The FTC has announced its intent to move to block Microsoft’s attempt to acquire Activision Blizzard, stating that “Microsoft has already shown that it can and will withhold content from its gaming rivals.”
A statement from the FTC confirms that the Commission will be intervening in an attempt to prevent Microsoft from acquiring Activision Blizzard. “In a complaint issued today, the FTC pointed to Microsoft’s record of acquiring and using valuable gaming content to suppress competition from rival consoles, including its acquisition of ZeniMax, parent company of Bethesda Softworks (a well-known game developer),” the statements says. “Microsoft decided to make several of Bethesda’s titles including Starfield and Redfall Microsoft exclusives despite assurances it had given to European antitrust authorities that it had no incentive to withhold games from rival consoles.”
Holly Vedova, director of the FTC’s Bureau of Competition adds that Microsoft “has already shown that it can and will withhold content from its gaming rivals” with those titles. “Today we seek to stop Microsoft from gaining control over a leading independent game studio and using it to harm competition in multiple dynamic and fast-growing gaming markets.”
FTC moves to block Microsoft’s Activision Blizzard deal
The decision was a 3-1 vote from the four-person FTC panel, despite sources having recently suggested a possible 2-2 split vote which might have allowed the deal to progress unchallenged. While this news does not necessarily spell the end for the acquisition, it will certainly draw it out as the matter goes to court — an eventuality for which Microsoft has apparently already been preparing. It’s also likely that the original proposed time frame for completion of the deal will have taken into account challenges such as this to some extent, but it will remain to be seen how much longer this could delay a possible approval of the deal, especially if EU and UK regulators decide to follow the FTC’s lead with this.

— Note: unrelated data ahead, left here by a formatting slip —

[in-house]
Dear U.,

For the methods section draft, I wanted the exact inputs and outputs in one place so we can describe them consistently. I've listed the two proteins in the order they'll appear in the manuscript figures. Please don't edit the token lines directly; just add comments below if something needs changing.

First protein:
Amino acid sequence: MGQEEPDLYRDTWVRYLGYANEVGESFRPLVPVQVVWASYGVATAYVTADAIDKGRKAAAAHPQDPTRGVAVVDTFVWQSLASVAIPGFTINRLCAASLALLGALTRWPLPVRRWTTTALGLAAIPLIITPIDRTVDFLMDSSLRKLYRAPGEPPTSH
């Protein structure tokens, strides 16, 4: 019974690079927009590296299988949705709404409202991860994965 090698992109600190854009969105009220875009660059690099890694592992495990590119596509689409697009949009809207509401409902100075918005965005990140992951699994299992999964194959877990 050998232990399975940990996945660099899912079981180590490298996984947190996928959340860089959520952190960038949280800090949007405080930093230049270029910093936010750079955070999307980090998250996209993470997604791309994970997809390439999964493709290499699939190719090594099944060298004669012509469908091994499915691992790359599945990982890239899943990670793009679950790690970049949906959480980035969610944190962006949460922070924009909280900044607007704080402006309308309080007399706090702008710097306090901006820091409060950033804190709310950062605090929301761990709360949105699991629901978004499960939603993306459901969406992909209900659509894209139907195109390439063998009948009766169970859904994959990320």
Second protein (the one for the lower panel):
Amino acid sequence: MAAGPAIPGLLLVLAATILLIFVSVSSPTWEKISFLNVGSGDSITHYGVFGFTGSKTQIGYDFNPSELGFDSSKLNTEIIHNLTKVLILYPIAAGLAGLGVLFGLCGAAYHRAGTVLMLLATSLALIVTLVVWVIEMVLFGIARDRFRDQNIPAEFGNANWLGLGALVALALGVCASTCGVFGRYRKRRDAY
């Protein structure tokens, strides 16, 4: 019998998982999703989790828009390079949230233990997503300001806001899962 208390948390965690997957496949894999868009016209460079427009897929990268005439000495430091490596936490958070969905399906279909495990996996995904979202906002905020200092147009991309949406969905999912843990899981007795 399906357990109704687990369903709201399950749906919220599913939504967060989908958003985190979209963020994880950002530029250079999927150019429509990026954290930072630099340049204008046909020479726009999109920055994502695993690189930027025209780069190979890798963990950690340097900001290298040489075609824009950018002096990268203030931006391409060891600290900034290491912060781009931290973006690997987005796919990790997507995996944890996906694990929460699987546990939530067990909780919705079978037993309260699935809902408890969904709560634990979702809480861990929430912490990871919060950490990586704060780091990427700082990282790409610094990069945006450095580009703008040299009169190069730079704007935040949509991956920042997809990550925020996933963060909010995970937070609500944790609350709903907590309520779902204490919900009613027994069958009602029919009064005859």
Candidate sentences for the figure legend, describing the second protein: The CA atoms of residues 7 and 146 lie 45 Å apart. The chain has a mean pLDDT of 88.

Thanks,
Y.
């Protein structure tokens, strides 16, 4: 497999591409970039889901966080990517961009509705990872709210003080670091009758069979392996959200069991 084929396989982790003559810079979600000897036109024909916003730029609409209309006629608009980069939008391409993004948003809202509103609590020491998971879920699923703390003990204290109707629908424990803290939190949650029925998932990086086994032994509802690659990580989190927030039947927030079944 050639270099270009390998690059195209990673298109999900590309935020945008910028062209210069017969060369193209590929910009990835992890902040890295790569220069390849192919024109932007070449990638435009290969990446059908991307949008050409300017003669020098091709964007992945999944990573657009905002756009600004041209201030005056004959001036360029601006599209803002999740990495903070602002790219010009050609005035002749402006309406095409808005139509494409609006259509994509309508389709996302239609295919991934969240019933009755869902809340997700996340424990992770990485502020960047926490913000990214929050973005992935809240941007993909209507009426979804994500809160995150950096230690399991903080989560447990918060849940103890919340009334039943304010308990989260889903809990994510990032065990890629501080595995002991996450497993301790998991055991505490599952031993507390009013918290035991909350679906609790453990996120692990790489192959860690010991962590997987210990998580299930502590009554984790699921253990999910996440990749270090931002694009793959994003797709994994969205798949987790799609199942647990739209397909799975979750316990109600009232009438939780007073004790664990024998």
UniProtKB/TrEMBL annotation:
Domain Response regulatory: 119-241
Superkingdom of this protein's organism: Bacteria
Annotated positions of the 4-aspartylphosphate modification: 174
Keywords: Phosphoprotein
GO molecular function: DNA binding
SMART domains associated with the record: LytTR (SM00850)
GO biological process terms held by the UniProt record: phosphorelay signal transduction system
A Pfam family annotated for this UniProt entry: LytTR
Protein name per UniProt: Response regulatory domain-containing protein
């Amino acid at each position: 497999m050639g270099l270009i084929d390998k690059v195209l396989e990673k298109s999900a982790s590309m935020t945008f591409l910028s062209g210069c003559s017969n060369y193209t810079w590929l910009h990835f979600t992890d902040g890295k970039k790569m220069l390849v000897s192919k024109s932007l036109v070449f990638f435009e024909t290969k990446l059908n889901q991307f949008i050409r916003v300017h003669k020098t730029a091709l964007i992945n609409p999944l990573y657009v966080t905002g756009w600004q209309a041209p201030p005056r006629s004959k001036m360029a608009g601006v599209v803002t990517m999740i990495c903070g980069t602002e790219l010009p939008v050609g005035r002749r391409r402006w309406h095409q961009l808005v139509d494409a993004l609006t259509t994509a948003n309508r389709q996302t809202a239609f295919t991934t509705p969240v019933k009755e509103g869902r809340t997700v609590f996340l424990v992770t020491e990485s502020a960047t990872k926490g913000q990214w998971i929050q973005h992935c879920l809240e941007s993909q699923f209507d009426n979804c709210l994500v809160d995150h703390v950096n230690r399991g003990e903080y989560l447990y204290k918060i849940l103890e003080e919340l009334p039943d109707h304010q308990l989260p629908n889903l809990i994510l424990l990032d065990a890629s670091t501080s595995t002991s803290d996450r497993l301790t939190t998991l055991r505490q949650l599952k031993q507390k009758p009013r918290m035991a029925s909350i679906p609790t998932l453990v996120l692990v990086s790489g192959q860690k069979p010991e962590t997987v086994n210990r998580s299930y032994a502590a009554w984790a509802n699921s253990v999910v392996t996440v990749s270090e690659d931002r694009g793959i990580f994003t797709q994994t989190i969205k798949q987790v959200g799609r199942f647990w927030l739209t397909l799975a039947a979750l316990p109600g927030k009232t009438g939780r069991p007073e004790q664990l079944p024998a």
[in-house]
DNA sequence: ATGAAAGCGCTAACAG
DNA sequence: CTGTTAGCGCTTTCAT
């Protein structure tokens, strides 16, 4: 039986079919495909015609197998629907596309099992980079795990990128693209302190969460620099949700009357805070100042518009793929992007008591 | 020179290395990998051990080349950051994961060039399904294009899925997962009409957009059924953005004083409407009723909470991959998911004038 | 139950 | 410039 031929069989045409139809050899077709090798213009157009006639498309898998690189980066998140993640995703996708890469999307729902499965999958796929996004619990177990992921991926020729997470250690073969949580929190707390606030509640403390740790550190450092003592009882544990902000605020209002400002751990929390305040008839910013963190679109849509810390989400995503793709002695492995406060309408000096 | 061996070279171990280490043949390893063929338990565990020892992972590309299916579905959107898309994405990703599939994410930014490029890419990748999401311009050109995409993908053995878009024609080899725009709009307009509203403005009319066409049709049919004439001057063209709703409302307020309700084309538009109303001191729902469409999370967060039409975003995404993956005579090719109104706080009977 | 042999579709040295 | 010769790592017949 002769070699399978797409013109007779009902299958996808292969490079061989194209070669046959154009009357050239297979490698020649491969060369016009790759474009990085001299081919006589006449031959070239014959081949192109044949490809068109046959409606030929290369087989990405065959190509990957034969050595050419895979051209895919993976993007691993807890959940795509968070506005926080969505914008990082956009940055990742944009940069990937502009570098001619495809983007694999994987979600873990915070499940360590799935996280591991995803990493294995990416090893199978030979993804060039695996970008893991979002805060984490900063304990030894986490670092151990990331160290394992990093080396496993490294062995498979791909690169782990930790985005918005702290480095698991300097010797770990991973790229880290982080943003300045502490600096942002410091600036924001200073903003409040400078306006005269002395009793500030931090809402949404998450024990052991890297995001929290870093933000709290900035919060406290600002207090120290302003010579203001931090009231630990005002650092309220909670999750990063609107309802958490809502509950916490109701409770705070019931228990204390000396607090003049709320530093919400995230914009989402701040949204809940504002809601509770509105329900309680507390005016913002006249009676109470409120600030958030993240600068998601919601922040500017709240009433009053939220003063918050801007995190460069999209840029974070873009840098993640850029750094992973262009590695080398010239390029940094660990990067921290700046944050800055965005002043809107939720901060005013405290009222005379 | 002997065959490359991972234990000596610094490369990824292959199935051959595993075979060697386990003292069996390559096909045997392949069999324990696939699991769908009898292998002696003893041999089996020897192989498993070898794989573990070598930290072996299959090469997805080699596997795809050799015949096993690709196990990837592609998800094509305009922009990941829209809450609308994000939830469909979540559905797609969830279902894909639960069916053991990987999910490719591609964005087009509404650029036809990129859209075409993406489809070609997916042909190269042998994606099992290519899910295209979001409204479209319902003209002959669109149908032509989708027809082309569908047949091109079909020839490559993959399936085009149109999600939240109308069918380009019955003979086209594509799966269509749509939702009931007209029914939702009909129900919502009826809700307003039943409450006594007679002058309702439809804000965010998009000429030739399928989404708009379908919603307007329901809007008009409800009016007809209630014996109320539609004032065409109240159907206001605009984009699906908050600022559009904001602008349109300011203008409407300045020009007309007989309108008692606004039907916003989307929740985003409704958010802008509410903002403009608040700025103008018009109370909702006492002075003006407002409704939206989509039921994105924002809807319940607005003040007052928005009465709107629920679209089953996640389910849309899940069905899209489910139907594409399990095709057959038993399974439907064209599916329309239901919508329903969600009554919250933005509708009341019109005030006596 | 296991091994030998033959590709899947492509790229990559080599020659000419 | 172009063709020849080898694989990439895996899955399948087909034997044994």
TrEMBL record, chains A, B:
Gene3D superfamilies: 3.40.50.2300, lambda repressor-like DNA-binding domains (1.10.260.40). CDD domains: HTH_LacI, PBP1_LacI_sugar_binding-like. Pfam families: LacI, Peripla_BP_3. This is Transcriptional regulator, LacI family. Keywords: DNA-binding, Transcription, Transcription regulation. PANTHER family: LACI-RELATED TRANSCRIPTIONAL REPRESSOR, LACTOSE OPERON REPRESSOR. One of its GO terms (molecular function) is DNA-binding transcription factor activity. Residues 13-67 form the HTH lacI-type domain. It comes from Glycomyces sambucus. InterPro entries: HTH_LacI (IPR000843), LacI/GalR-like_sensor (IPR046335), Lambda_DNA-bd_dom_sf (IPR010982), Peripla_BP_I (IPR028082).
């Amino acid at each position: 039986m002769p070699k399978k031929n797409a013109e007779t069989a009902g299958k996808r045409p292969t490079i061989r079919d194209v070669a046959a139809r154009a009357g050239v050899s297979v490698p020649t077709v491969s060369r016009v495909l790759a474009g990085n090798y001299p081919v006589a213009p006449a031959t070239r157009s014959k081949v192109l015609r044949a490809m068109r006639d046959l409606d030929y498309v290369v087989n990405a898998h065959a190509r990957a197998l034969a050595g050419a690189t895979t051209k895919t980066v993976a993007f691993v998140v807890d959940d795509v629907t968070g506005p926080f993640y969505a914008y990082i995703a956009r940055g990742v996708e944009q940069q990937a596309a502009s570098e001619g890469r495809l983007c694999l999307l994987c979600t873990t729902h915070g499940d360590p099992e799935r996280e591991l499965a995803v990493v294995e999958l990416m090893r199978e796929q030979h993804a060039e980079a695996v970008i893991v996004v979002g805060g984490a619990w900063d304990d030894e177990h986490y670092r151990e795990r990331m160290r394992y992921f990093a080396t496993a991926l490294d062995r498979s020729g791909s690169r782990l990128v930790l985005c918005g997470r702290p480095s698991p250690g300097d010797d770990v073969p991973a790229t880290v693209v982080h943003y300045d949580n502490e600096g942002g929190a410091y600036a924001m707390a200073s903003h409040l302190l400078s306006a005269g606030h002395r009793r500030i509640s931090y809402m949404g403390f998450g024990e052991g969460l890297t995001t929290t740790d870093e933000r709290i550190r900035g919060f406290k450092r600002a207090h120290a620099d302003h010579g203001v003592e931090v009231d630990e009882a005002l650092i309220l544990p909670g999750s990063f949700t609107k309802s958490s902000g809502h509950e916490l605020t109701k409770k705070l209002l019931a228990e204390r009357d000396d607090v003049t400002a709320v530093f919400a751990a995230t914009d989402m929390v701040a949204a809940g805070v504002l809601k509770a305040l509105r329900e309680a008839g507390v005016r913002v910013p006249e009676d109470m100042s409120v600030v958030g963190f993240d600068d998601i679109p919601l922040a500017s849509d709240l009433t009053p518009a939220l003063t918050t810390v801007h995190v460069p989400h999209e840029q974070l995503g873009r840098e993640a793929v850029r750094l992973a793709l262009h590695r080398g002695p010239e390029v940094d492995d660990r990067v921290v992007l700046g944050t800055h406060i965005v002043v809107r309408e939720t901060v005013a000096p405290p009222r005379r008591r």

“Activision currently has a strategy of offering its games on many devices regardless of producer,” the complaint continues. “But that could change if the deal is allowed to proceed. With control over Activision’s blockbuster franchises, Microsoft would have both the means and motive to harm competition by manipulating Activision’s pricing, degrading Activision’s game quality or player experience on rival consoles and gaming services, changing the terms and timing of access to Activision’s content, or withholding content from competitors entirely, resulting in harm to consumers.”
What do you make of the FTC’s decision? Let us know!